Laws in Florida are proposed, as defined in the Florida Constitution, by the Legislative Branch of Government. The Legislators in the Senate propose bills which then go to the house of representatives. If passed by both houses, then approved by the Governor, the bill will become law in most cases. An exception would be if the law has to be approved by the federal government.
Constitution of the State of Florida
Every state has its own constitution to establish the structure, powers and duties of the government in the state. Florida’s first constitution was first written and implemented in 1838. We are now on Florida’s 6th, which was revised in 1968 and has subsequently been amended. The constitution is reviewed every twenty years to determine whether or not revisions should be made by the legislature.
We, the people of the State of Florida, being grateful to Almighty God for our constitutional liberty, in order to secure its benefits, perfect our government, insure domestic tranquility, maintain public order, and guarantee equal civil and political rights to all, do ordain and establish this constitution.
Website: Constitution of the State of Florida
Florida State Statutes are the official laws of the state of Florida. They are organized into titles, chapters, parts and sections, covering a wide range of legal topics.
Organization: The Florida Statutes are organized into titles, chapters, and sections. Titles are broad subject areas, such as “Title I – Construction of Statutes” or “Title XLVII – Criminal Procedure and Corrections.” Each title is further divided into chapters, which focus on specific areas of law. Chapters are then subdivided into sections that address particular provisions or requirements.
Legislative Authority: The Florida State Statutes are enacted by the Florida Legislature, which consists of the Florida Senate and the Florida House of Representatives. The Legislature has the authority to create, amend, and repeal laws in accordance with the state constitution.
Regular Updates: The Florida State Statutes are regularly updated as new laws are enacted or existing laws are amended or repealed. It’s important to consult the most current version of the Statutes to ensure you have the latest information.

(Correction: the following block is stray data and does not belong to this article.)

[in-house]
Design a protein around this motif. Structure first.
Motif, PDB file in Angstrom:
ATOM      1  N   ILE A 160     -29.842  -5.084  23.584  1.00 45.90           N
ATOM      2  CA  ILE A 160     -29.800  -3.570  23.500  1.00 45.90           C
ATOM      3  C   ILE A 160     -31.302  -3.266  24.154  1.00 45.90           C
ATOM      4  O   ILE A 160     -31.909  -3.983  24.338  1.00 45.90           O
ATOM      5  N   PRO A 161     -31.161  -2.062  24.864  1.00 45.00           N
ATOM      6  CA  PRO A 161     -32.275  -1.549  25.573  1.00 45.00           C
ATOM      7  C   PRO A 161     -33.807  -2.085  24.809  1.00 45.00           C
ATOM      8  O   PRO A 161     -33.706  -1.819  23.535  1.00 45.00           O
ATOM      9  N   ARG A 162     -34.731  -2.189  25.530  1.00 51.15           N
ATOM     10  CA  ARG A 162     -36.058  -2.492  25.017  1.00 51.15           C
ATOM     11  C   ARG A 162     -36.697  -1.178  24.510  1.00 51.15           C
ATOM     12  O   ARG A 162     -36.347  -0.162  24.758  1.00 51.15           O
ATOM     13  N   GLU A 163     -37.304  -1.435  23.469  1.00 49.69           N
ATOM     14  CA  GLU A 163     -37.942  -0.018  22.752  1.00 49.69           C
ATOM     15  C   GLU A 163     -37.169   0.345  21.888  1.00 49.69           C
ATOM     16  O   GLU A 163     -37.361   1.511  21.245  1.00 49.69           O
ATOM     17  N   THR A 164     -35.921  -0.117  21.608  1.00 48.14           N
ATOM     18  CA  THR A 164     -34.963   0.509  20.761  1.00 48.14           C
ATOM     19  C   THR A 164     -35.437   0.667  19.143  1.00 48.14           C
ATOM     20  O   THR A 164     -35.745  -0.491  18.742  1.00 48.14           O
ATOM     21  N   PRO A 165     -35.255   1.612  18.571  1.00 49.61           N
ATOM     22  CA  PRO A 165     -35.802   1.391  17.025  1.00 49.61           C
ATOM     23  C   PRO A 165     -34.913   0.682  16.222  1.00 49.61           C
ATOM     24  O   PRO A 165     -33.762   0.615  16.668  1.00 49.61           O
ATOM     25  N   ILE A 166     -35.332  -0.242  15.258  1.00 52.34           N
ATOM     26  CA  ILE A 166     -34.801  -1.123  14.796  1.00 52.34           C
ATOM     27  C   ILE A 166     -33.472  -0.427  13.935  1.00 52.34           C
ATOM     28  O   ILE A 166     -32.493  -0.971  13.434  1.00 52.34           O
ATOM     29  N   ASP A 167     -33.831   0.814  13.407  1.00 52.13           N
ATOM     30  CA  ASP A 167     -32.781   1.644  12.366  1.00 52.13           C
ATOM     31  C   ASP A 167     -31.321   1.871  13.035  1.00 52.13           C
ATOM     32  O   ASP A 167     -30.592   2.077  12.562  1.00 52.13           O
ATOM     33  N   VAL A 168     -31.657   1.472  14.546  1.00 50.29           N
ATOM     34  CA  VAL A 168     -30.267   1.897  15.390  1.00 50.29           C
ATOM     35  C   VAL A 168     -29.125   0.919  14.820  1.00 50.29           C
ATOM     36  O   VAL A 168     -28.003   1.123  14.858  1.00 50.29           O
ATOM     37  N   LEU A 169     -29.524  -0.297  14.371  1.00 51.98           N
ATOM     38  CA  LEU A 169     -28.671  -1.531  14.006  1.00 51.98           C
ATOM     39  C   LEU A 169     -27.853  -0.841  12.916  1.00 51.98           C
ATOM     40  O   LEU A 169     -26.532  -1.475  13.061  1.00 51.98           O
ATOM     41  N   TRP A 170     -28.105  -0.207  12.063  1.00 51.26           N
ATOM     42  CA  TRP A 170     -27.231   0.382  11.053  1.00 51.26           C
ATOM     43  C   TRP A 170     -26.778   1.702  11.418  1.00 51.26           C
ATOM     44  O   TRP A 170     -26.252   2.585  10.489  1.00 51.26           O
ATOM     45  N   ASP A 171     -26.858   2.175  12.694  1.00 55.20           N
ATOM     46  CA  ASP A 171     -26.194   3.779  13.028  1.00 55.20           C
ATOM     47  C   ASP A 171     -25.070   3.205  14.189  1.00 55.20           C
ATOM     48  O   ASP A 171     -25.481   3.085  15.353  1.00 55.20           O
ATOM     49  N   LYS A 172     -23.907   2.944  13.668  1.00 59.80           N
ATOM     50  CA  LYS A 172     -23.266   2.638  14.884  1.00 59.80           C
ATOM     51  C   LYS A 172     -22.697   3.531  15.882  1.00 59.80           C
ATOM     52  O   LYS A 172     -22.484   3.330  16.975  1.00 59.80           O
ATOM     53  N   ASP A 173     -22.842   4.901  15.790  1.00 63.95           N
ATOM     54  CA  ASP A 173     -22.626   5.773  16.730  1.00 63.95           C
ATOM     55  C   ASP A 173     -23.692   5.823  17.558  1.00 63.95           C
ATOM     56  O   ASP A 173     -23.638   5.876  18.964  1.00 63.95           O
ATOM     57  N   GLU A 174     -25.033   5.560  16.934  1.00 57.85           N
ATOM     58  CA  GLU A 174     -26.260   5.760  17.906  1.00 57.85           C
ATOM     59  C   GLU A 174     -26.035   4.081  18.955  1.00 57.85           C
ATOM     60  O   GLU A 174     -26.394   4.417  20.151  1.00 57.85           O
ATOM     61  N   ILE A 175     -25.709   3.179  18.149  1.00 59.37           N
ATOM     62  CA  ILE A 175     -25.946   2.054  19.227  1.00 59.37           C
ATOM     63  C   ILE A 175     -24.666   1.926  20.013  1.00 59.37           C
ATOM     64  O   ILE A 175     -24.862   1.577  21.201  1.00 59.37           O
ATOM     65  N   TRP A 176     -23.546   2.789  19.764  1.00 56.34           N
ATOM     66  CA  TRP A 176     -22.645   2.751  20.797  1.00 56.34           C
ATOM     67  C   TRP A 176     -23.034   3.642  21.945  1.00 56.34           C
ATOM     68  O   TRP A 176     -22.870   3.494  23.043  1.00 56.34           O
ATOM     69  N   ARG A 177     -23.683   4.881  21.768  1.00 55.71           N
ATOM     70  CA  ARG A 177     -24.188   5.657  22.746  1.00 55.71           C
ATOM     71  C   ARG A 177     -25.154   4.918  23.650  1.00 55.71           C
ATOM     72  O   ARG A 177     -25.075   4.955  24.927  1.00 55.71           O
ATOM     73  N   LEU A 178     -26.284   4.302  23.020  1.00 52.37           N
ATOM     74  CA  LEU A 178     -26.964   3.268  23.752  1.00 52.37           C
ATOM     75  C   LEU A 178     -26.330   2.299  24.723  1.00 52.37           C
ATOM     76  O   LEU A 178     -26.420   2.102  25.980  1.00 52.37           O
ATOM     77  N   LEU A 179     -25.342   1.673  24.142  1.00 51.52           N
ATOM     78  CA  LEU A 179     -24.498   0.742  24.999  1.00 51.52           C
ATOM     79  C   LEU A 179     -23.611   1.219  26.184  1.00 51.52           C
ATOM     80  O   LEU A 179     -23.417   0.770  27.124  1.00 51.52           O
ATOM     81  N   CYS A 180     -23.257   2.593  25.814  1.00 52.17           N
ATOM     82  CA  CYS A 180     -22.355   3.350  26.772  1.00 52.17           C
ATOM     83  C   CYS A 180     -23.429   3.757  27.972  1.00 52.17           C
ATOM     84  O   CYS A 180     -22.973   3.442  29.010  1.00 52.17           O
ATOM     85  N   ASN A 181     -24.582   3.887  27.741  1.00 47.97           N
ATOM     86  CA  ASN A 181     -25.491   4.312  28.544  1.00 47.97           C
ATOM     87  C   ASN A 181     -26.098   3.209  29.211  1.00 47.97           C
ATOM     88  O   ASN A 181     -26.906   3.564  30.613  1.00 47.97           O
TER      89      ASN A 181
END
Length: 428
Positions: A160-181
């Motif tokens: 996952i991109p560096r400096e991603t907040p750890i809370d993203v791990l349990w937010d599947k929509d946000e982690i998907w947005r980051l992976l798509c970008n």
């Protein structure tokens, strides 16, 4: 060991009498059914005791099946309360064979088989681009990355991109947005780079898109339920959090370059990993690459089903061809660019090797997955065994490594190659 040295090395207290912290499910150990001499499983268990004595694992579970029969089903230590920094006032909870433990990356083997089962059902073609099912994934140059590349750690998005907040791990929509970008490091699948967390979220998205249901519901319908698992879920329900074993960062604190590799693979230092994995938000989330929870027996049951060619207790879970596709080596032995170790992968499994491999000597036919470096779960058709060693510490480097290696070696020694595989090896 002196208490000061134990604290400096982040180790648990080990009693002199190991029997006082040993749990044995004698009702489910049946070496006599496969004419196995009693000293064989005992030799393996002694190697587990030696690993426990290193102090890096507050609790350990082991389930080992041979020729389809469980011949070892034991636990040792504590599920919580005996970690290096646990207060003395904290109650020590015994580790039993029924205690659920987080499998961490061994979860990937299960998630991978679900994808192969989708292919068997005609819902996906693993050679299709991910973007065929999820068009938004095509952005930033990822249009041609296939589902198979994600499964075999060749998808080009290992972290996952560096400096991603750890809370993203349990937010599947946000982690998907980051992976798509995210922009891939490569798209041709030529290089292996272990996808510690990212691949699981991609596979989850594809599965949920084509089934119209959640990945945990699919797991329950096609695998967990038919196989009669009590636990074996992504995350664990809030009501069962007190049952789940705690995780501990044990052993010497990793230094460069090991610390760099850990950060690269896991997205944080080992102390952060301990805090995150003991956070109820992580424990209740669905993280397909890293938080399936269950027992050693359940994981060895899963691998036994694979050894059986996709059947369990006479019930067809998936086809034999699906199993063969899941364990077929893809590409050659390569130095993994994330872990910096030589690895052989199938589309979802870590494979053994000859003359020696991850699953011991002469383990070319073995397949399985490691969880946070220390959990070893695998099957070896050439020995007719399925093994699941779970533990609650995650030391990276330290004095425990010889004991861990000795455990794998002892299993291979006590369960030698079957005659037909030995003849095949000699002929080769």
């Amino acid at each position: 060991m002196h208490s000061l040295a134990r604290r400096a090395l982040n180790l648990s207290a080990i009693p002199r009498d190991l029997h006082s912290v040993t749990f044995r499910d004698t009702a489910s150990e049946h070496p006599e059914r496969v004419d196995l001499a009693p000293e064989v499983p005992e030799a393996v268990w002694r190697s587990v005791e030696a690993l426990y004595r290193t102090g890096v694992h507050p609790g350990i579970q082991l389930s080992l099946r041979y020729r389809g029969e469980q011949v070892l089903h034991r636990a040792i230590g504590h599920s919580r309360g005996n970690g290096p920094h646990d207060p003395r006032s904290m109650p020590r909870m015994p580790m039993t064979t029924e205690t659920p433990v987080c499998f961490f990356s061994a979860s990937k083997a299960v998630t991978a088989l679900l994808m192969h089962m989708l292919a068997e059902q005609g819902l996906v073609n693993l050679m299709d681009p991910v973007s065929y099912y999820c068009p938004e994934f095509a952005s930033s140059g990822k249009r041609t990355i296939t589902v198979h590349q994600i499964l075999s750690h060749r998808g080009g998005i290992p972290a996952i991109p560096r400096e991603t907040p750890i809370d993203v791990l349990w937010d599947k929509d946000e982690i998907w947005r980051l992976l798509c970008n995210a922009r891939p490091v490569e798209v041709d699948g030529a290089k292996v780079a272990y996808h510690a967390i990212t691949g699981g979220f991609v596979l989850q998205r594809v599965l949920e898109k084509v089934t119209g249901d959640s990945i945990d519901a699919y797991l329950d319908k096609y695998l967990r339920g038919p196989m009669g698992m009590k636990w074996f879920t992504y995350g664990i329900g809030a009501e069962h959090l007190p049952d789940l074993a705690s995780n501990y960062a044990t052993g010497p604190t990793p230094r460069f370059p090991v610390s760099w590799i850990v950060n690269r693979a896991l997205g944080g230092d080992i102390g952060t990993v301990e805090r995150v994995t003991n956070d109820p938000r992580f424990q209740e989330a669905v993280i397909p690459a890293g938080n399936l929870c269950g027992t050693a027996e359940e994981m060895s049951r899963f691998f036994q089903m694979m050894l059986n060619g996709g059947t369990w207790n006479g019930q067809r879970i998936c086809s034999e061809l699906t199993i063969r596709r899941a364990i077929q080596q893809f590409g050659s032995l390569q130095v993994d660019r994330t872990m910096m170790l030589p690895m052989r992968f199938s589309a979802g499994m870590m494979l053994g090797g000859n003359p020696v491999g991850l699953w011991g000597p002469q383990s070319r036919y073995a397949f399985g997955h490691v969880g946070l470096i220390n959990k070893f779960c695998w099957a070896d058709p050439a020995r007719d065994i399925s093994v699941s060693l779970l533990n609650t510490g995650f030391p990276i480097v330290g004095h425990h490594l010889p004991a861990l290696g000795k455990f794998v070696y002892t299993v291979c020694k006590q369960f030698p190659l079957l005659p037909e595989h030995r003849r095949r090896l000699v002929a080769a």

Official Publication: The Florida Statutes are published by the Division of Statutory Revision of the Florida Department of State. The official publication is available online through the Florida Legislature’s website (www.leg.state.fl.us) and in print format.
Scope of Coverage: The Florida Statutes cover a wide range of legal topics, including criminal law, family law, property law, contracts, business and corporate law, taxation, motor vehicles, healthcare, environmental regulations, education, and many other areas of law.
Citations: Each section of the Florida Statutes is assigned a unique citation, which includes the title, chapter, and section number.
Legal Authority: The Florida State Statutes have the force of law and are legally binding within the state. Courts interpret and apply the Statutes when resolving legal disputes and making decisions.
Interaction with Local Laws: In some cases, local governments in Florida, such as counties and municipalities, may enact ordinances that provide additional regulations and requirements within their jurisdiction. These local laws may complement or supplement the Florida State Statutes but cannot contradict or override them.
Website: Florida Statutes
You can search the Florida Archives for laws that have been passed in Florida since 1822.
Website: State Library & Archives of Florida